In a rare and unusual case, MacFarline, Davies, Mannan, Sarsam, Pariente and Dooley (1997) reported fatal acute fulminant liver failure in a 30-year-old Asian man on clozapine. Liver biopsy indicated zonal liver necrosis consistent with drug or toxin injury. After eight weeks at 350 m.g. per day maintenance, the patient experienced symptoms of nausea, vomiting, abdominal pain, jaundice and dizziness. No other cause could be determined on history, clinical examination, or laboratory data. Multi-system organ failure during clozapine use has also been described in a case report of a 23-year-old female. Dosing was started at 12.5 m.g. daily and increased to 100 m.g. daily over five days. There was a 26-day delay prior to onset of symptoms. The authors speculated that this delay might reflect activation of the cytochrome P450 system of the drug to its reactive metabolites 8.


The relationship of dose and hepatoxicity has been examined. In a four year follow-up study, Marinkovic, Timotijevic, Babinski, Totic and Paunovic (1994) suggested that the increase of liver enzymes associated with clozapine is dose-related since the reduction of daily dose resulted in normalization of enzymes 9. Conversely, in a prospective study, inpatients on clozapine were compared to a control group of inpatients on haloperidol. Only patients with normal liver enzymes prior to participation and without a history of alcohol use were included. Liver functions were monitored weekly for 18 weeks. The most common abnormality was an isolated asymptomatic increase in the aminotransferase levels with alanine aminotransferase (ALT) increased most frequently. Clozapine patients showed a greater frequency of increased ALT (37.3%) relative to those treated with haloperidol (16.6%). The investigators found that clozapine plasma levels and male gender had a direct and positive association with elevated liver enzyme but no dose-dependency was observed. Furthermore, liver enzymes spontaneously normalized (60%) without jaundice after 13 weeks of continuous treatment 10. Patton, Remick, and Isomura (2000) also described clozapine-associated elevation of liver enzymes as dose-independent (Patton, Remick and Isomura, 2000).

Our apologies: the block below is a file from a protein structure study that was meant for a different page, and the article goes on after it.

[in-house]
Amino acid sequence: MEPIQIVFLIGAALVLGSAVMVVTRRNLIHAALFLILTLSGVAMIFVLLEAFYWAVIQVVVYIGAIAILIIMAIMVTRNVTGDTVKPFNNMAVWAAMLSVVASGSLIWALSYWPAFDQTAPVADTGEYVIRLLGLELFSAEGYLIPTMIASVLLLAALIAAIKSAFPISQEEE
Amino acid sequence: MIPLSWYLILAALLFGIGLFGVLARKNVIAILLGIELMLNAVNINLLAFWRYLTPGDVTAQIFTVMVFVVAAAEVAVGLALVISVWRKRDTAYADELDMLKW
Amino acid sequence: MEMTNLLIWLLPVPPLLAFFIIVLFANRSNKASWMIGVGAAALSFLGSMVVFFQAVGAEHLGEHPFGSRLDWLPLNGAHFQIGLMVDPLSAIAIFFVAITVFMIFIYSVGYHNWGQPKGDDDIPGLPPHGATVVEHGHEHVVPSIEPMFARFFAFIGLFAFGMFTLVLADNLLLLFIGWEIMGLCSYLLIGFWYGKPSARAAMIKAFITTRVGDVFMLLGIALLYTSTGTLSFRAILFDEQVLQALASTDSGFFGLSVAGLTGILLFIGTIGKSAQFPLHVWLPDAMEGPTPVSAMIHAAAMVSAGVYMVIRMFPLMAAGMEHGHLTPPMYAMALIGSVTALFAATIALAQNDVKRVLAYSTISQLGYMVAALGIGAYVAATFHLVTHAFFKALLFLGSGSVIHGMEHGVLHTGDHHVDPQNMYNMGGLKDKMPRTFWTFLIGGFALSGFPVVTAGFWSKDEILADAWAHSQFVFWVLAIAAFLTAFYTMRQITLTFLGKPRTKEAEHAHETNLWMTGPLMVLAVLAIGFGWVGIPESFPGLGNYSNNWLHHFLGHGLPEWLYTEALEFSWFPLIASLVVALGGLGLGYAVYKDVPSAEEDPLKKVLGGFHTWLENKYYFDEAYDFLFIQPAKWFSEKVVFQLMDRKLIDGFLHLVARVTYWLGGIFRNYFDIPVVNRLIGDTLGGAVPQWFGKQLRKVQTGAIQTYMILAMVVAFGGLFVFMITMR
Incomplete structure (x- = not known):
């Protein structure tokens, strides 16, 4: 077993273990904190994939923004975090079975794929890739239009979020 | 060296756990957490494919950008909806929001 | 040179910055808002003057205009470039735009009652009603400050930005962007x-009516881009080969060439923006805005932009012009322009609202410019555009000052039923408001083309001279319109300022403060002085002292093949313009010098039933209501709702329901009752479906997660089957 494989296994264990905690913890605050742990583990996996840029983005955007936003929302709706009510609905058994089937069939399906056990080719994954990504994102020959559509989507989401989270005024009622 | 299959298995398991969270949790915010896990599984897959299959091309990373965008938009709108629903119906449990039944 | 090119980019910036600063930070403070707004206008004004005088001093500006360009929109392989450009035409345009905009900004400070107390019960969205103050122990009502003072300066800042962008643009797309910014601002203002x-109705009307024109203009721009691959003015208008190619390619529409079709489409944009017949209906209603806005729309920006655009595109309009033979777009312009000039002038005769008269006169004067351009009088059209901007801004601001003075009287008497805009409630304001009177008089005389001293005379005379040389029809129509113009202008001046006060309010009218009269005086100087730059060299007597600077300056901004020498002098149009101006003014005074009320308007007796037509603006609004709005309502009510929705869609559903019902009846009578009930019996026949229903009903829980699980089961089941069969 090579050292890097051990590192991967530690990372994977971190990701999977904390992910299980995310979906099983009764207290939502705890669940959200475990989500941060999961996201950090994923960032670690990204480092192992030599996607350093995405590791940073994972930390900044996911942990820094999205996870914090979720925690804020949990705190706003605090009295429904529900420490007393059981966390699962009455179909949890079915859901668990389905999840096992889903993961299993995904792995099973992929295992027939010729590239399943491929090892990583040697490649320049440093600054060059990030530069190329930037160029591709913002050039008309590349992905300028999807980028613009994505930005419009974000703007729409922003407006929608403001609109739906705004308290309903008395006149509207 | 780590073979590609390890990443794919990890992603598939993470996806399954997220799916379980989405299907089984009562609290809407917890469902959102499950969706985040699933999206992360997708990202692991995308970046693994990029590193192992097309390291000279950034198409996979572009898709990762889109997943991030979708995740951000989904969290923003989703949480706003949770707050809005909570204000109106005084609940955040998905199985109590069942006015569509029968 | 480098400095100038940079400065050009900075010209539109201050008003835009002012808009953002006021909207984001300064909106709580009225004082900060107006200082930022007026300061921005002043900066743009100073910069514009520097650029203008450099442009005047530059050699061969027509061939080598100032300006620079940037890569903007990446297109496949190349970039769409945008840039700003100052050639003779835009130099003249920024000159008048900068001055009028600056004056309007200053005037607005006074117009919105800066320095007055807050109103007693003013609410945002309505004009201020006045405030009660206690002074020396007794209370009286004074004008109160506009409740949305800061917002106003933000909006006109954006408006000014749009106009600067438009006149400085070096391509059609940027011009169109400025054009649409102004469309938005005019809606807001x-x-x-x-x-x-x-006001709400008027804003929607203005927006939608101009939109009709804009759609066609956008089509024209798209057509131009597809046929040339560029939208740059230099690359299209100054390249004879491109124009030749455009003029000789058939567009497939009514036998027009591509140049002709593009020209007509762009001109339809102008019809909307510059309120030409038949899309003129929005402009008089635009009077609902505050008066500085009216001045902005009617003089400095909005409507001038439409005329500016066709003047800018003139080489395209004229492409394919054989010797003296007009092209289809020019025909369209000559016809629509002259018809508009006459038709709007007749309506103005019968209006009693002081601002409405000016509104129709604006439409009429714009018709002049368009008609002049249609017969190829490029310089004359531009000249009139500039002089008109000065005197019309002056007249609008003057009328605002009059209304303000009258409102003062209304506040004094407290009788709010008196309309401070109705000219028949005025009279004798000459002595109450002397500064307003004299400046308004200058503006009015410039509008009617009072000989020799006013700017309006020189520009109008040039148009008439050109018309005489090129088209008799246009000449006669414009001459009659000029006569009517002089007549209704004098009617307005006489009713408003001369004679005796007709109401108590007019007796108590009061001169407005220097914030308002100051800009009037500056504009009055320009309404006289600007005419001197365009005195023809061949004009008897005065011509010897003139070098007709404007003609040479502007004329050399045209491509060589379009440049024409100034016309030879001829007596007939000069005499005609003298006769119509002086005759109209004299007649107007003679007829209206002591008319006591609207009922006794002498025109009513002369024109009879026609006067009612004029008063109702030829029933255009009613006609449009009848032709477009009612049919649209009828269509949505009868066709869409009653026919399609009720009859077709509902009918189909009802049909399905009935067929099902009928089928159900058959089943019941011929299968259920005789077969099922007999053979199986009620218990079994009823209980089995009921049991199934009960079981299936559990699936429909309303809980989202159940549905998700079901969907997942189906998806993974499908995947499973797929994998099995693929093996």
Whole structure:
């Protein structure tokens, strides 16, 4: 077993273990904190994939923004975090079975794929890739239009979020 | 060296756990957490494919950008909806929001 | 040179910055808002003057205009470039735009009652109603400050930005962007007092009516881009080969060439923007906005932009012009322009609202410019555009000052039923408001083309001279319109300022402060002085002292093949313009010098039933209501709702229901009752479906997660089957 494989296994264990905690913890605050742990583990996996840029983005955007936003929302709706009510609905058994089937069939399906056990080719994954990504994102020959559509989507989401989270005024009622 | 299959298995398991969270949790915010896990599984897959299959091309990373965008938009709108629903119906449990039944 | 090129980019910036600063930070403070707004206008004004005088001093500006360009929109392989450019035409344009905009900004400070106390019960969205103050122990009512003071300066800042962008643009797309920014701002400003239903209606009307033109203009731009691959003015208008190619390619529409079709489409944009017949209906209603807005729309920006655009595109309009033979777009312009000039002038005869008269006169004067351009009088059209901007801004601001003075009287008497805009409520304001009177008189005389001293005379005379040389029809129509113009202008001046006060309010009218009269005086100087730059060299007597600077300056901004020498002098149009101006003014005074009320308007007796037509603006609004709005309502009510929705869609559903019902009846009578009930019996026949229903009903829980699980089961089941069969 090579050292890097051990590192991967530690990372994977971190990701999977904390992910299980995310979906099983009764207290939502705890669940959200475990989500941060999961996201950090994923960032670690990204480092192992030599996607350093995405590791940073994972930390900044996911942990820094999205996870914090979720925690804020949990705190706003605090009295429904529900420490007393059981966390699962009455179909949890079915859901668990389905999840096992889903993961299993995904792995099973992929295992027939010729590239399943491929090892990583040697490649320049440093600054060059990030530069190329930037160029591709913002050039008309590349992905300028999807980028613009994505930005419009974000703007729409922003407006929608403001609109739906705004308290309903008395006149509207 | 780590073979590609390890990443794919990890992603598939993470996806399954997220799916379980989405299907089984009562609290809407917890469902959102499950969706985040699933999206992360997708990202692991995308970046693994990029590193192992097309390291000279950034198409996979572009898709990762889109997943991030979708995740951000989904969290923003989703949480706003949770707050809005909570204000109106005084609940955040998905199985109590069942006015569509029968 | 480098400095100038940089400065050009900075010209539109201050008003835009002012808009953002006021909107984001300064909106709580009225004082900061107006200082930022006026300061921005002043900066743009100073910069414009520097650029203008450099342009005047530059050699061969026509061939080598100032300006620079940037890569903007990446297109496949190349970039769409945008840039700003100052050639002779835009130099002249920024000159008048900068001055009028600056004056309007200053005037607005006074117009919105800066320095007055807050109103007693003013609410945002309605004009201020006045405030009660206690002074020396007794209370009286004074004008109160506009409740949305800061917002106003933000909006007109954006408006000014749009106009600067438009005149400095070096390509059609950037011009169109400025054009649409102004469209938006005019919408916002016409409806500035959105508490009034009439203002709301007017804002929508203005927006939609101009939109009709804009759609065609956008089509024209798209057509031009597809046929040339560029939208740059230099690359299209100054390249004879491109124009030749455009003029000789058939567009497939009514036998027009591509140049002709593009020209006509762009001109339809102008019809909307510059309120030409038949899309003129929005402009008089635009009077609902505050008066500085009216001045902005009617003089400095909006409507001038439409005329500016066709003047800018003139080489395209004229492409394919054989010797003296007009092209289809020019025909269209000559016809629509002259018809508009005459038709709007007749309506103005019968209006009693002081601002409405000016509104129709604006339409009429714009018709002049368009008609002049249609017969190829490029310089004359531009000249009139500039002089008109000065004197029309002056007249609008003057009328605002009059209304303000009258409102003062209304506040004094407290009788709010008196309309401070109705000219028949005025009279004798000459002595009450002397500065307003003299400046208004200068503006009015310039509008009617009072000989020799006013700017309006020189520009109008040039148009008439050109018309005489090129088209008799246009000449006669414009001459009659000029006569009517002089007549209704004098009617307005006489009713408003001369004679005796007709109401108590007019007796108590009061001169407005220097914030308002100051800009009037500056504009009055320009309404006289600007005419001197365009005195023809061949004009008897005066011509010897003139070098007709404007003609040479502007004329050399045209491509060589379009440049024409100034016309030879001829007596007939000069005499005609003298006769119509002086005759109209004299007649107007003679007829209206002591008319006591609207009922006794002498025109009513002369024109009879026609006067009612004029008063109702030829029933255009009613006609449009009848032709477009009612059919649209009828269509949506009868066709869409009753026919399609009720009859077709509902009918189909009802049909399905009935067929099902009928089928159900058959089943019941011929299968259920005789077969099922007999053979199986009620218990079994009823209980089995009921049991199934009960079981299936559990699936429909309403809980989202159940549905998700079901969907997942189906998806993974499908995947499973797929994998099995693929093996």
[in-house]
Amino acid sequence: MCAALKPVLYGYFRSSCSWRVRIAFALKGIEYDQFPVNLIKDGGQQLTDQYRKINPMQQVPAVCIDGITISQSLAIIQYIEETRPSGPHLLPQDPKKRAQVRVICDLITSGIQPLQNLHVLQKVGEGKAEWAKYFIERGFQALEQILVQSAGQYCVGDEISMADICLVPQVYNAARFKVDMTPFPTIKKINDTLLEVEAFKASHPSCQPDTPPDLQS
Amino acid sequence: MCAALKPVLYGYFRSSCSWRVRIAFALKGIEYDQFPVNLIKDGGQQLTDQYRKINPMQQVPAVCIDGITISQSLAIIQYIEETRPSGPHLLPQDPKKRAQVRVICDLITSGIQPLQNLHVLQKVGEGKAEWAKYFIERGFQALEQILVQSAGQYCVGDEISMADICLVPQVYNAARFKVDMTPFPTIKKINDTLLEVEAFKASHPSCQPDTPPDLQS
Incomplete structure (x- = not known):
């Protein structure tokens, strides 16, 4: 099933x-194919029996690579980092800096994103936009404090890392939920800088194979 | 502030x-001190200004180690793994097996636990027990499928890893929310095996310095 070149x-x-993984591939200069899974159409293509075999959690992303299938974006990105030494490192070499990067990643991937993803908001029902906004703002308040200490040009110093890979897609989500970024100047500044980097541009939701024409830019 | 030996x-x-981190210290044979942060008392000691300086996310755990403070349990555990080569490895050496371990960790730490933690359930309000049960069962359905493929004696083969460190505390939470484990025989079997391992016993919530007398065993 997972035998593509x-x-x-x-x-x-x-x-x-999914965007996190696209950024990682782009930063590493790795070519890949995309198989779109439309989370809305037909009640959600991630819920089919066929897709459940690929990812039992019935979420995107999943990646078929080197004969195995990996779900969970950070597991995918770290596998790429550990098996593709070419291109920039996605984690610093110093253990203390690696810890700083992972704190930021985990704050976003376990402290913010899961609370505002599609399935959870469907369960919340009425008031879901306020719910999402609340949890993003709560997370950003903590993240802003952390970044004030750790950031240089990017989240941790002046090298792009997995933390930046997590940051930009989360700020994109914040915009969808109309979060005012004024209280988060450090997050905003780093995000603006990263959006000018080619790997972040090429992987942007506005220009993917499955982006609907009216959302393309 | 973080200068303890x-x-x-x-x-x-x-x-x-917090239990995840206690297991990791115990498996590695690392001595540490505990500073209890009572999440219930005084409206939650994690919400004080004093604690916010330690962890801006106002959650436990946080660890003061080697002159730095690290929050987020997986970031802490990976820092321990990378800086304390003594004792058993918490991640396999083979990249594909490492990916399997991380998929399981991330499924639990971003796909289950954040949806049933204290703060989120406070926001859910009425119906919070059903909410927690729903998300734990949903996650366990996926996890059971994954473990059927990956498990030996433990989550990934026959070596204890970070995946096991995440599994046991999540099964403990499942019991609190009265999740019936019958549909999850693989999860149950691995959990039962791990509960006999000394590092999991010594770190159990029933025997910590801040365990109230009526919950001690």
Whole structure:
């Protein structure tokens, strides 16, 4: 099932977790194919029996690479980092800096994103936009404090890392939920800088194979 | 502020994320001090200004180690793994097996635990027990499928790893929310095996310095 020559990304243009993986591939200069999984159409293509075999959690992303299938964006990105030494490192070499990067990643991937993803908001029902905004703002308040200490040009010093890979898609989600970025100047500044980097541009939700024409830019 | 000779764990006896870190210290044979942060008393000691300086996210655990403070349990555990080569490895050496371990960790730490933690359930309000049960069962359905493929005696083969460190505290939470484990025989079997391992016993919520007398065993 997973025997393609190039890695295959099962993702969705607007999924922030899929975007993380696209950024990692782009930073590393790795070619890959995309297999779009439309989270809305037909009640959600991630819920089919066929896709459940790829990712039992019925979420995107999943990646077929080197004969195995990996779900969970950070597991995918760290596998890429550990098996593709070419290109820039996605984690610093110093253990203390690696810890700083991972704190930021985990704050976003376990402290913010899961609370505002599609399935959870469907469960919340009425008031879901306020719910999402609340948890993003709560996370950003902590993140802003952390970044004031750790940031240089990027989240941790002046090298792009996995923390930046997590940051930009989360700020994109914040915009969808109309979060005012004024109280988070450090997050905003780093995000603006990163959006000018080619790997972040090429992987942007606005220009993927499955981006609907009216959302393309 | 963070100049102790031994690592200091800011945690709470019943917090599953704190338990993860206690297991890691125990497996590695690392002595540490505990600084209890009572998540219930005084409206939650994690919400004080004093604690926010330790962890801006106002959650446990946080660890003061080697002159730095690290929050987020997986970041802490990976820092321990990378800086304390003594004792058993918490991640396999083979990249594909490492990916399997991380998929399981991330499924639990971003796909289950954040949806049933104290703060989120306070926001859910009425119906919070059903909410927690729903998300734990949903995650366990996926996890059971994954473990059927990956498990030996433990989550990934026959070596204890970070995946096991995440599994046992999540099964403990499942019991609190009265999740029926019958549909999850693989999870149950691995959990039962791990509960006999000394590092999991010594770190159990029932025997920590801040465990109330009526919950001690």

Some patients may benefit from re-challenging of clozaril following transient elevations of liver enzymes with initial exposure to the drug. Clozapine was titrated to 500 m.g. daily over 8 weeks in a 40-year-old male inpatient with concomitant use of lithium carbonate. After 2 weeks, LFTs were elevated with marked increases in transaminases, but no symptoms were evident. Liver enzymes returned to normal 30 days following the discontinuation of clozapine. The patient was re-challenged with a gradual increase in the dose over one month to 300 m.g. daily. Mild, but transient increases in aspartate aminotransferase (AST) and ALT were noted with no clinical signs or symptoms. Over the next 6 weeks, the dose was increased to 600 m.g. daily, in divided doses. At one-year follow-up, LFTs remained with in normal limits (Eggert, Crismon, Dorson and Taylor, 1994).

Similarly, a retrospective study reviewed 7,263 treatment courses of four neuroleptics as monotherapy. Of the cases examined, 1,280 were treated with clozapine, 2,667 with haloperidol, 917 with perphenazine, and others with perazine (a frequently used neuroleptic in Germany). Investigators controlled for previously elevated LFTs, co-administration of other medications that could elevate liver enzymes, and treatment of less than 3 weeks. Over a course of 12 months, liver enzymes were serially obtained. Clozapine was associated with the greatest incidence of any elevation of liver enzymes (78%). Spontaneous normalization of liver enzymes occurred in more than 50% of clozapine patients without the daily dose being changed. Dose reduction had no effect on the time required for normalization (Gaertner, Altendorf, Batra and Gaertner, 2001).